The war on poaching is on – KWS

August 17, 2013 7:39 am


Elephant poaching has been on the rise in Kenya in recent months. Photo/ XINHUA FILE
Elephant poaching has been on the rise in Kenya in recent months. Photo/ XINHUA FILE

NAIROBI, Kenya, Aug 17 – The recently unveiled inter-agency anti-poaching unit comprising officers from specialised elements of the Kenya Wildlife Service, Administration Police and the General Service Unit will strengthen the fight against poaching.

KWS spokesperson Paul Muya told Capital FM News that setting up the agency demonstrates the government’s commitment in ensuring that wildlife is safe.

He said that KWS was working with other conservation stakeholders to ensure that the war is won.

He revealed: “In 2012, the country lost 384 elephants and 29 rhinos to poaching. So far in 2013 we have lost 190 elephants and 34 rhinos. We are disturbed by rhino poaching which has reached a crisis situation given that we have only 1,025 rhinos in the country.”

“The escalating poaching crisis has become both a national security issue as well as an economic one. Urgent and decisive actions need to be taken to reverse this trend,” he noted.

Muya said with KWS managing approximately 8 percent of the total landmass of Kenya that consists of 22 national parks, 29 national reserves and four national sanctuaries including six marine national reserves and four marine national parks, it needs more resources.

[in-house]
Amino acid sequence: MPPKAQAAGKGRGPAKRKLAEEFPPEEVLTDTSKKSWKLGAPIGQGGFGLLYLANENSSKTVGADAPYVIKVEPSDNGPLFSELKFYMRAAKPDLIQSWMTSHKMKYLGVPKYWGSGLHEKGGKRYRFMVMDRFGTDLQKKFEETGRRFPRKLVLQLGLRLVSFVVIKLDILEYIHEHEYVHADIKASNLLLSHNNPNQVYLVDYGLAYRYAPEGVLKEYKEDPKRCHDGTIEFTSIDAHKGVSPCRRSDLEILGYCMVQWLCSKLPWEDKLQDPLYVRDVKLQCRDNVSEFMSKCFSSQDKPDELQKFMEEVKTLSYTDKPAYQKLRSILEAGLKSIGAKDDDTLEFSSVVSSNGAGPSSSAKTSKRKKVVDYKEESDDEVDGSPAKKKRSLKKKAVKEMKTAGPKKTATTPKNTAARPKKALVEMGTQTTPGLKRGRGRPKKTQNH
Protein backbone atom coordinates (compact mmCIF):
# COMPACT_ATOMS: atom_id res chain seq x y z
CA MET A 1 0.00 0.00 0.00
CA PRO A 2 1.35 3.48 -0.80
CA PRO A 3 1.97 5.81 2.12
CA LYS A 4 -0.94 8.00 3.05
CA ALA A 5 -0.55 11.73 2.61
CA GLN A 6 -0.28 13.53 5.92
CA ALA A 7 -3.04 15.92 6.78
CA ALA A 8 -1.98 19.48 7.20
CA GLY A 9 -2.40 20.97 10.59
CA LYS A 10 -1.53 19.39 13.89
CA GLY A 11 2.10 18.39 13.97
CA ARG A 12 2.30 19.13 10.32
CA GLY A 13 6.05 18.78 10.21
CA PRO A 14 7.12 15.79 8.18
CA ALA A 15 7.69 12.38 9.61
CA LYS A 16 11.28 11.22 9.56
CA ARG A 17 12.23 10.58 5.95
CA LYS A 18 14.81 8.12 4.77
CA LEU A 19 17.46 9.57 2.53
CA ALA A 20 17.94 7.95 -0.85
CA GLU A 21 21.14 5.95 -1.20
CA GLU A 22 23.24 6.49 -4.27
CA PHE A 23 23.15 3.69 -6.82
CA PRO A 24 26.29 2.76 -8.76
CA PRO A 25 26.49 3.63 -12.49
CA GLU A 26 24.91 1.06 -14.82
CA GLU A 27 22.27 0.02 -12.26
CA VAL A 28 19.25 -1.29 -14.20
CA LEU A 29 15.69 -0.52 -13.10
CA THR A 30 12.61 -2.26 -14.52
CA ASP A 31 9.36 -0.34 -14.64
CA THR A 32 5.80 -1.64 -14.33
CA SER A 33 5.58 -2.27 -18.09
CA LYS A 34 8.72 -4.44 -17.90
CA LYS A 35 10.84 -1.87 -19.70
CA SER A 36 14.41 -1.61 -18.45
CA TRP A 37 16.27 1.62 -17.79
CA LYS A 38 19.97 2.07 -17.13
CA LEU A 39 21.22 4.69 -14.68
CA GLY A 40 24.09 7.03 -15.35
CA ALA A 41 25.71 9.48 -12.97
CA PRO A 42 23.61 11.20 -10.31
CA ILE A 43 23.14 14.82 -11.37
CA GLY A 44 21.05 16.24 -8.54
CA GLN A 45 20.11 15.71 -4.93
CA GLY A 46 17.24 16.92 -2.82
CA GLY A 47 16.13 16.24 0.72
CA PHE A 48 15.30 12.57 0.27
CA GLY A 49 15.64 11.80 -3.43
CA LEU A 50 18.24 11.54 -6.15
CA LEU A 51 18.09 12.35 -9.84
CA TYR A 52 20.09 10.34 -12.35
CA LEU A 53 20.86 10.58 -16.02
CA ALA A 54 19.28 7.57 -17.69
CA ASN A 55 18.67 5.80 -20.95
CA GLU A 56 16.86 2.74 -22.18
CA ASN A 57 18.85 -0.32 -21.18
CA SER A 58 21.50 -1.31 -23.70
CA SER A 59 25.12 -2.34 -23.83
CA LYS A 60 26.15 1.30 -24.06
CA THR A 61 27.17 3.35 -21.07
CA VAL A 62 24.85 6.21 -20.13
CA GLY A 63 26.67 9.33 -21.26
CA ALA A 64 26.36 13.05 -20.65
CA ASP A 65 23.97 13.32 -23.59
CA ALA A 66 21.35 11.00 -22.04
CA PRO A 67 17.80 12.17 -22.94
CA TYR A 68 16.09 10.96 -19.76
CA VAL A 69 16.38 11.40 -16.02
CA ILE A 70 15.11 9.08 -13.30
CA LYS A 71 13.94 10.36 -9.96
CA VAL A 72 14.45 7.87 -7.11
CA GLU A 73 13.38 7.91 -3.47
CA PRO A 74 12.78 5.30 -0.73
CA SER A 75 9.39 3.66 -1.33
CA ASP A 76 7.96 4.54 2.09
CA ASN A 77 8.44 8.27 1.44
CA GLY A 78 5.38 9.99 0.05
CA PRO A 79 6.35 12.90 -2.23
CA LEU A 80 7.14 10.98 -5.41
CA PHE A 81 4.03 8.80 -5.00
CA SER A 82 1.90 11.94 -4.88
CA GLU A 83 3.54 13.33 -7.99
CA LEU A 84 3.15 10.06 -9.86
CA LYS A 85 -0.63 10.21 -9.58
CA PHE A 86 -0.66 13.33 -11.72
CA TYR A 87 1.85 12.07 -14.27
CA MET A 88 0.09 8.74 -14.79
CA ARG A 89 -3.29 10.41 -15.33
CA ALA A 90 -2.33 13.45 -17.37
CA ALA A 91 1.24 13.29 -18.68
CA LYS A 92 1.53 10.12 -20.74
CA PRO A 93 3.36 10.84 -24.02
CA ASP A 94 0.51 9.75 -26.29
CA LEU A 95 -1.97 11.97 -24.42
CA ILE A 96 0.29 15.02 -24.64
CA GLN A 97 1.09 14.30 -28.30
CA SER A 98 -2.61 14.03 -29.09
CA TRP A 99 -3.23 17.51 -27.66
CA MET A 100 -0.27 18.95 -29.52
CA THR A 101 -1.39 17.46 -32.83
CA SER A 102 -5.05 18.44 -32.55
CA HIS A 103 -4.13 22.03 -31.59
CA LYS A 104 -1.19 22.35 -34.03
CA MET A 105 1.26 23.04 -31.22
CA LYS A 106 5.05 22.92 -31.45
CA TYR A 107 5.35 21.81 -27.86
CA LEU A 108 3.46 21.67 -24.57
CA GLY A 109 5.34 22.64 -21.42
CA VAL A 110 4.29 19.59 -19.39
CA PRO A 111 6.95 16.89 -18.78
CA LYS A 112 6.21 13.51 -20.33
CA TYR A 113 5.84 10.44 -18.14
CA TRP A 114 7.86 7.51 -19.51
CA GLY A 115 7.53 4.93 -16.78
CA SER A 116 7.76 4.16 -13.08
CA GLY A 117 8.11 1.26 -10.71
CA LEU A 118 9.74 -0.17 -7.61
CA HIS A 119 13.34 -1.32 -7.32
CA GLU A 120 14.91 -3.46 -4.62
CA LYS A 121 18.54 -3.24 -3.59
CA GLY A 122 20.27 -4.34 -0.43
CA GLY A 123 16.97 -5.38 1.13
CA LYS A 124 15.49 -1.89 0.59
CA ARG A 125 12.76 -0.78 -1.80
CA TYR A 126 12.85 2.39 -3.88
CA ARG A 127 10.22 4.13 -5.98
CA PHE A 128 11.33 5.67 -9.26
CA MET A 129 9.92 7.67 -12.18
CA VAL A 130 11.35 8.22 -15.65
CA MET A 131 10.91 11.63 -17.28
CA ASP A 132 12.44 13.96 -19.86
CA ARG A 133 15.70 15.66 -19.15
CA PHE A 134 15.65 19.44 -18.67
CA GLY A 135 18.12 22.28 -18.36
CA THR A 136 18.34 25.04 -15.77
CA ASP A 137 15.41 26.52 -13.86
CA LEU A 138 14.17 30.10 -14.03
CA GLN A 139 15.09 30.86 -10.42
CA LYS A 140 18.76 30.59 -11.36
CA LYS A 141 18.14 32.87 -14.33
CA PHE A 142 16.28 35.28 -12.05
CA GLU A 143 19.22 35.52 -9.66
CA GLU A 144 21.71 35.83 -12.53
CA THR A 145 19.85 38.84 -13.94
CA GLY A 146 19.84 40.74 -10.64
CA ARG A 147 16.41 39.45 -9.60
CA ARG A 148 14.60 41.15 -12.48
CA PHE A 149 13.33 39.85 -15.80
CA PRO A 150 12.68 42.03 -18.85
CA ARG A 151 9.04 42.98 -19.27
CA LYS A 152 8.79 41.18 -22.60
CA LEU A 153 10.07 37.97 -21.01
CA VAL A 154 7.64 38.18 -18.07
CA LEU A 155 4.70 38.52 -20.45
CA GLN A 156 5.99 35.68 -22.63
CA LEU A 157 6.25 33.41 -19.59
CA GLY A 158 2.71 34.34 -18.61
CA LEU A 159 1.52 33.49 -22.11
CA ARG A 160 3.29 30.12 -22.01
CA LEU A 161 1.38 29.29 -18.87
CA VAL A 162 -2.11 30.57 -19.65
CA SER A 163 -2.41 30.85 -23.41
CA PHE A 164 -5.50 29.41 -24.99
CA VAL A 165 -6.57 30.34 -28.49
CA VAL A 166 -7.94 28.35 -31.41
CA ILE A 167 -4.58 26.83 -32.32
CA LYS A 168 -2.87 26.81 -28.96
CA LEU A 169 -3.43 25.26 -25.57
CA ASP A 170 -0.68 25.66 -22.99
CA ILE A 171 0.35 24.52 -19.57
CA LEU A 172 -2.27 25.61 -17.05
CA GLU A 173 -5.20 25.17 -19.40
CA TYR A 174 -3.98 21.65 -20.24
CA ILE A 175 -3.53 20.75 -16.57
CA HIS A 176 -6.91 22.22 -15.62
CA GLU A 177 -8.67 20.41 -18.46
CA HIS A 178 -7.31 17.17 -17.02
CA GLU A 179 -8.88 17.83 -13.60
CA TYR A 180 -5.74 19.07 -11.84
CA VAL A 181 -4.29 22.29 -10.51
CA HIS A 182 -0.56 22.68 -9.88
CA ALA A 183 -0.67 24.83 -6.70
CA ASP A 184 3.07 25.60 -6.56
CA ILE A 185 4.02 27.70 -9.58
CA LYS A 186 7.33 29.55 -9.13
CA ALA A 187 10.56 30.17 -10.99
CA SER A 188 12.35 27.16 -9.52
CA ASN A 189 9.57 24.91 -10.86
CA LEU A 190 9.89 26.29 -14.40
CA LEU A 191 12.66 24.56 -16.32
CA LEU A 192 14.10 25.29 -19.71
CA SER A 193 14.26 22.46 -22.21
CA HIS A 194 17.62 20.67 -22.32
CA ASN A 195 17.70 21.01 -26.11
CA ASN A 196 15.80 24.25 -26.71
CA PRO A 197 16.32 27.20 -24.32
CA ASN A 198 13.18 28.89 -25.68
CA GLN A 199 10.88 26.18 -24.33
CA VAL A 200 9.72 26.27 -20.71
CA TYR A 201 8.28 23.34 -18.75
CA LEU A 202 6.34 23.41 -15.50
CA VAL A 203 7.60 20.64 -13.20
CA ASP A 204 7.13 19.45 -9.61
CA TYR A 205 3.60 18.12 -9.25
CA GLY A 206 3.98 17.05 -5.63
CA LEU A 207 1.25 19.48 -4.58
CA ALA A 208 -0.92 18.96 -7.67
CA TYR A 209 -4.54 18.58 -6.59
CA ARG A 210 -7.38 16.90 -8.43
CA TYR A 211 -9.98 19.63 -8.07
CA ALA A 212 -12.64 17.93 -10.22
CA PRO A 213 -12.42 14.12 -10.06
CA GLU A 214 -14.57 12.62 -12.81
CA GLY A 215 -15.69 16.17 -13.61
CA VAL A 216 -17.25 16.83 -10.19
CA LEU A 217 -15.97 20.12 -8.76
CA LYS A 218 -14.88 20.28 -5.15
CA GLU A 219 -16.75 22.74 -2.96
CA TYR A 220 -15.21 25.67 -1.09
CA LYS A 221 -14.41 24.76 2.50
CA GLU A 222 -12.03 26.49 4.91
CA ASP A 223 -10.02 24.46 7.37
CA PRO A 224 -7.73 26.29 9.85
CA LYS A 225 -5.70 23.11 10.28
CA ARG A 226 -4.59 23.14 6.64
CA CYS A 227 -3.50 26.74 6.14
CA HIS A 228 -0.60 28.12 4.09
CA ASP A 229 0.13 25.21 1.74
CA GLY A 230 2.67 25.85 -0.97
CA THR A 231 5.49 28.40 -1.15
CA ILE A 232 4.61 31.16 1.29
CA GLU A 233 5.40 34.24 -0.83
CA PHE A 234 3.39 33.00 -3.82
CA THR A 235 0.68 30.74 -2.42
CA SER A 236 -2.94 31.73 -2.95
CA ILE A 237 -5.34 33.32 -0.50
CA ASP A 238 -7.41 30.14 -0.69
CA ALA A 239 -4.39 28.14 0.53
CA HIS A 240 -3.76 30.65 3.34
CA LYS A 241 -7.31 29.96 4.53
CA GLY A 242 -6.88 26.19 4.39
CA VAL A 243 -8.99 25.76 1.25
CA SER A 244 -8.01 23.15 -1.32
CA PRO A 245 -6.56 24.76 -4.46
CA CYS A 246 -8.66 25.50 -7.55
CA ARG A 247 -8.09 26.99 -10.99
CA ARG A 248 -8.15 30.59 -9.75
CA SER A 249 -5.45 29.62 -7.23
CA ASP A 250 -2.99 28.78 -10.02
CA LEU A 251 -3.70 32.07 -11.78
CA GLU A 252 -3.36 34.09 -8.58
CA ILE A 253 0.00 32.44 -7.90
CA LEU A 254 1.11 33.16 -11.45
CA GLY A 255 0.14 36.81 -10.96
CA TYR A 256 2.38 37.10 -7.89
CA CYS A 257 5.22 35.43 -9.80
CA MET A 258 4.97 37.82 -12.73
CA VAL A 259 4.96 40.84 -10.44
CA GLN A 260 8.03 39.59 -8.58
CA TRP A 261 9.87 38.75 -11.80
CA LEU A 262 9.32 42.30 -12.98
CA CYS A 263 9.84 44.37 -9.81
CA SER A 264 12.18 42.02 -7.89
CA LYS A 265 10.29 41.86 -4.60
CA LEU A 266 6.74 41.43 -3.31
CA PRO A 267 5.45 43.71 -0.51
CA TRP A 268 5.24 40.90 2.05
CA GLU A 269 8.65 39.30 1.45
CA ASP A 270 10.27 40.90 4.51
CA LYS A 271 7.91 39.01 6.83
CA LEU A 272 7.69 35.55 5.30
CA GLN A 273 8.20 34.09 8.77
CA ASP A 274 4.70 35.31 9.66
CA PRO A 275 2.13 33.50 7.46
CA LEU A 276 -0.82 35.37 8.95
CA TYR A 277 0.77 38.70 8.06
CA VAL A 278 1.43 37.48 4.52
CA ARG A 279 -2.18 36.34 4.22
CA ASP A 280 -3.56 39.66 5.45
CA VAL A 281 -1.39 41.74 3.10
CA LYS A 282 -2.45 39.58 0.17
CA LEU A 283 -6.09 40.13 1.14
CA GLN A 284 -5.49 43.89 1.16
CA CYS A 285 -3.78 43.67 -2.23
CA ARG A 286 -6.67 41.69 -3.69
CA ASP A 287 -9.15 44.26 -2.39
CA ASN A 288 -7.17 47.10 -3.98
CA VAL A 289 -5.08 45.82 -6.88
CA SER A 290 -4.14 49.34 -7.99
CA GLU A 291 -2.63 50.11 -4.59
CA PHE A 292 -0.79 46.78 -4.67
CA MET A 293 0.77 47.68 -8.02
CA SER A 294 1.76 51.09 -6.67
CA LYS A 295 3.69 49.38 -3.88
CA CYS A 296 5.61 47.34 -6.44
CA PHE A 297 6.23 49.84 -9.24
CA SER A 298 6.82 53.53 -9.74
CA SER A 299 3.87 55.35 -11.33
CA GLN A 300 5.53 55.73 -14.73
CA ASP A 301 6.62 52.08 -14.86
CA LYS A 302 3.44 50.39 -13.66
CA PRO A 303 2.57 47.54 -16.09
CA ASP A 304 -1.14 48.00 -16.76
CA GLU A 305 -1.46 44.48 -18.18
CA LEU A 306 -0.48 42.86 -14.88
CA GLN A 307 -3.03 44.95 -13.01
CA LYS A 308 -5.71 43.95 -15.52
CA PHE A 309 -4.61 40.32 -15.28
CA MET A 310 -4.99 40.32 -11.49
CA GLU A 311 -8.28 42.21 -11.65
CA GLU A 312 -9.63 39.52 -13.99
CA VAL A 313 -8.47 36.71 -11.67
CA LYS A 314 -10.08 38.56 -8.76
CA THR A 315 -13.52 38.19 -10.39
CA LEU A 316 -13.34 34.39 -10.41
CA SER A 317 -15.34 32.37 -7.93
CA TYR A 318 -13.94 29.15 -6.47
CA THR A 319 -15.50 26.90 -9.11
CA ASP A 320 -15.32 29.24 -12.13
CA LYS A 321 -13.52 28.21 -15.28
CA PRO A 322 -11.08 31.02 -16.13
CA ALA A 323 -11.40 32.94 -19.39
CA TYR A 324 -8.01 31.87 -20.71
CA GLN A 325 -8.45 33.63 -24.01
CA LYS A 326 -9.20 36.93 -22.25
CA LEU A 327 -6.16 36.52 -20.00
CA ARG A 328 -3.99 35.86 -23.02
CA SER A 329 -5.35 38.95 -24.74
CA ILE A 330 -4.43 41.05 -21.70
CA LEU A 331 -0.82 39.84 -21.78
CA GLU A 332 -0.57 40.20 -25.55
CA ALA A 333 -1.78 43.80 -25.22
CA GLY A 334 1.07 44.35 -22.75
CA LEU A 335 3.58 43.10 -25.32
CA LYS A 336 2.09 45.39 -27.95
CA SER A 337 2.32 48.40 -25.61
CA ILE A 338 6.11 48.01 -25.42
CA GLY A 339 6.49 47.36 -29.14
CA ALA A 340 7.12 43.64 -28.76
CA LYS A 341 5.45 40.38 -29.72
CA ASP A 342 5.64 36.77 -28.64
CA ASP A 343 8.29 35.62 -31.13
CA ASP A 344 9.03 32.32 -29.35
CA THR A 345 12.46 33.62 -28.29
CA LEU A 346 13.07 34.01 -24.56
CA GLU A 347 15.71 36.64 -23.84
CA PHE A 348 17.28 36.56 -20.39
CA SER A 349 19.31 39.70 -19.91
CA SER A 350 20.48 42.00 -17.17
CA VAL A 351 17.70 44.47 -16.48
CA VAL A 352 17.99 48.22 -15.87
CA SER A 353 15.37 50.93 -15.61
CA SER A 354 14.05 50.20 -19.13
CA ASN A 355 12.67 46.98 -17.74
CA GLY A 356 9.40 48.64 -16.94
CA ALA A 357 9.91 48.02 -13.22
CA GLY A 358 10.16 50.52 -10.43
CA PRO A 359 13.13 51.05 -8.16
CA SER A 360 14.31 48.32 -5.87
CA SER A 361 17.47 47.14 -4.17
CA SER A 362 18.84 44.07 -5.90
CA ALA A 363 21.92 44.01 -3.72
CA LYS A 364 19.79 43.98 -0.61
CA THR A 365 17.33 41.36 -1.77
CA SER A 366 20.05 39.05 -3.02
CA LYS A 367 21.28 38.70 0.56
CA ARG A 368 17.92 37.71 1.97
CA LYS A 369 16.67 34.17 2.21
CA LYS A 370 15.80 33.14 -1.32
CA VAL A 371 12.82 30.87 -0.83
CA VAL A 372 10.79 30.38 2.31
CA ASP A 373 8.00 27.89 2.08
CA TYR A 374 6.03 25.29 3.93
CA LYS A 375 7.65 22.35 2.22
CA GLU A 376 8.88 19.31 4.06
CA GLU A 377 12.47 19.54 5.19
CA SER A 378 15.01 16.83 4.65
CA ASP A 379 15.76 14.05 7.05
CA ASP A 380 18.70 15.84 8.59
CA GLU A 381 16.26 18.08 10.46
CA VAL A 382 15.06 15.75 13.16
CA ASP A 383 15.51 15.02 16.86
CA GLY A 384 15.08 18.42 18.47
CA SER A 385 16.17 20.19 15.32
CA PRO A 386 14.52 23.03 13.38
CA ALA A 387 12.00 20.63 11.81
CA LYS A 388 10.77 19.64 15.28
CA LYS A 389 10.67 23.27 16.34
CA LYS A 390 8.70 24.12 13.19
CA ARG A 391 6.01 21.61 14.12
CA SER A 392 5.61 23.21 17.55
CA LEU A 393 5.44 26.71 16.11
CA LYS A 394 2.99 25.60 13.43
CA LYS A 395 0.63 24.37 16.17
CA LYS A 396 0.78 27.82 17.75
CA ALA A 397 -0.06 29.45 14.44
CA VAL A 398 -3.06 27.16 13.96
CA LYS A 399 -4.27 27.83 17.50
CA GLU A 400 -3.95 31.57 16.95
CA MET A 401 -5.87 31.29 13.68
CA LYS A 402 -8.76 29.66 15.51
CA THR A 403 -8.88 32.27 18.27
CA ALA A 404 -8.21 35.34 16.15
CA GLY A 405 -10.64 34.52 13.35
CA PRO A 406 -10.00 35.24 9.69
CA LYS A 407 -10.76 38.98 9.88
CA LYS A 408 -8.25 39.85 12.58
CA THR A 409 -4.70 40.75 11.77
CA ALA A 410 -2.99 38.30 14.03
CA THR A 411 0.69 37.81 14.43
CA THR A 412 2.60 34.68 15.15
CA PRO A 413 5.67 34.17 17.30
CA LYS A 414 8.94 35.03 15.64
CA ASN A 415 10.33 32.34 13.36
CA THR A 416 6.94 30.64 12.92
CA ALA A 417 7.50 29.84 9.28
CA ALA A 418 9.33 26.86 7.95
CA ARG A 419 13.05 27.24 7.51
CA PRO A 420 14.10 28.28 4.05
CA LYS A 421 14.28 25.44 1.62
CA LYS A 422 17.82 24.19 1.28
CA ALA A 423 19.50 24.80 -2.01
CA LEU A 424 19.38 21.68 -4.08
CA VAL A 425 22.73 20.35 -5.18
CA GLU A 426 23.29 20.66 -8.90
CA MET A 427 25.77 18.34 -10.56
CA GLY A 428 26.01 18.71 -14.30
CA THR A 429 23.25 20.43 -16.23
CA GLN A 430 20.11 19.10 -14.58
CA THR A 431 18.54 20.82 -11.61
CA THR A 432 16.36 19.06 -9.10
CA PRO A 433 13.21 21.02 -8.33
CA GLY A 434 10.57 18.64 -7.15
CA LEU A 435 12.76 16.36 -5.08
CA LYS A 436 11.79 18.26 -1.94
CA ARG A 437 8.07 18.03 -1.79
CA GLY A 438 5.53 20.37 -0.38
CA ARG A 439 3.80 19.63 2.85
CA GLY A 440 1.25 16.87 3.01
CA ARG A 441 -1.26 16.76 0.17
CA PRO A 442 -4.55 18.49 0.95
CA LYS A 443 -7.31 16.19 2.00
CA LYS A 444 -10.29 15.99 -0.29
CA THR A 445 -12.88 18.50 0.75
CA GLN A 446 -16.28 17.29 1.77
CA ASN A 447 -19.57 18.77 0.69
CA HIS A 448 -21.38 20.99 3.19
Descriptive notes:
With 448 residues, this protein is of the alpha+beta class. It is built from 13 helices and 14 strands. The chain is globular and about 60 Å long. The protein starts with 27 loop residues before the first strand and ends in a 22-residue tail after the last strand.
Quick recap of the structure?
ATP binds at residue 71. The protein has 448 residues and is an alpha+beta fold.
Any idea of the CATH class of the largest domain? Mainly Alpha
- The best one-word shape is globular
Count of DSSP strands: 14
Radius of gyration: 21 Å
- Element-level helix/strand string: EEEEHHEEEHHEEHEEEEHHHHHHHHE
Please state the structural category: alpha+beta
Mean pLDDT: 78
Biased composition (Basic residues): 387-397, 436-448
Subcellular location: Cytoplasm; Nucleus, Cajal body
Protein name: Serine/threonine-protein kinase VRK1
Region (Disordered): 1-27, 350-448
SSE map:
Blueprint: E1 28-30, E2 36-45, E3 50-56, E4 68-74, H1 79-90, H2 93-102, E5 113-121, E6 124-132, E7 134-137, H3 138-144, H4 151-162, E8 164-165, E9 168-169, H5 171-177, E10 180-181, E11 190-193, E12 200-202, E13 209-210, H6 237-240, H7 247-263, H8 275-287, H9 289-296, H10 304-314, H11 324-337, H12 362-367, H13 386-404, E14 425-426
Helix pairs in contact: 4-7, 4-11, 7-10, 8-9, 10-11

“There are also 125 field stations scattered across the country for management of wildlife outside the protected area system,” he added.

“This expansive sphere of operations has overstretched the capability of the current wildlife protection staff currently standing at 2,800 uniformed officers.”

He noted that the number of active rangers has declined significantly due to natural attrition and retirement among other causes.

Muya says that the government has however made commitment during this financial year to support the recruitment and deployment of at least 1,000 new rangers, in phases, to boost KWS capacity to execute their mandate effectively.

The inter-agency Task Force that includes 121 officers will be advising and coordinating wildlife security management.

“They will first undergo a joint training at KWS Law Enforcement Academy (LEA) in Manyani before deployment at three designated hotspot field stations in Narok, Tsavo and Isiolo,” he said.

“The elite rapid response units shall provide support to KWS officers, already deployed in these areas and elsewhere, on need to basis.”

He also revealed that KWS shall continue to work with other law enforcement agencies, especially the National Intelligence Service, Customs, the police, Interpol, Lusaka Agreement Task Force (LATF), Immigration Department and Kenya Airports Authority, among others, in ensuring that local and international laws on wildlife crimes are enforced.

“The government is keen on the speedy enactment of the Wildlife Conservation and Management Bill, 2013, which proposes stiffer and deterrent penalties.”

The proposed Bill has since been published and tabled for enactment by the National Assembly.

There is also wildlife forensic and genetics laboratory being constructed at KWS headquarters set to be inaugurated later this year to support wildlife crime prosecution.

In efforts to curb poaching, Muya says six Rangers lost their lives in 2012 and two rangers have been lost this year in a recent attack in Lamu County.


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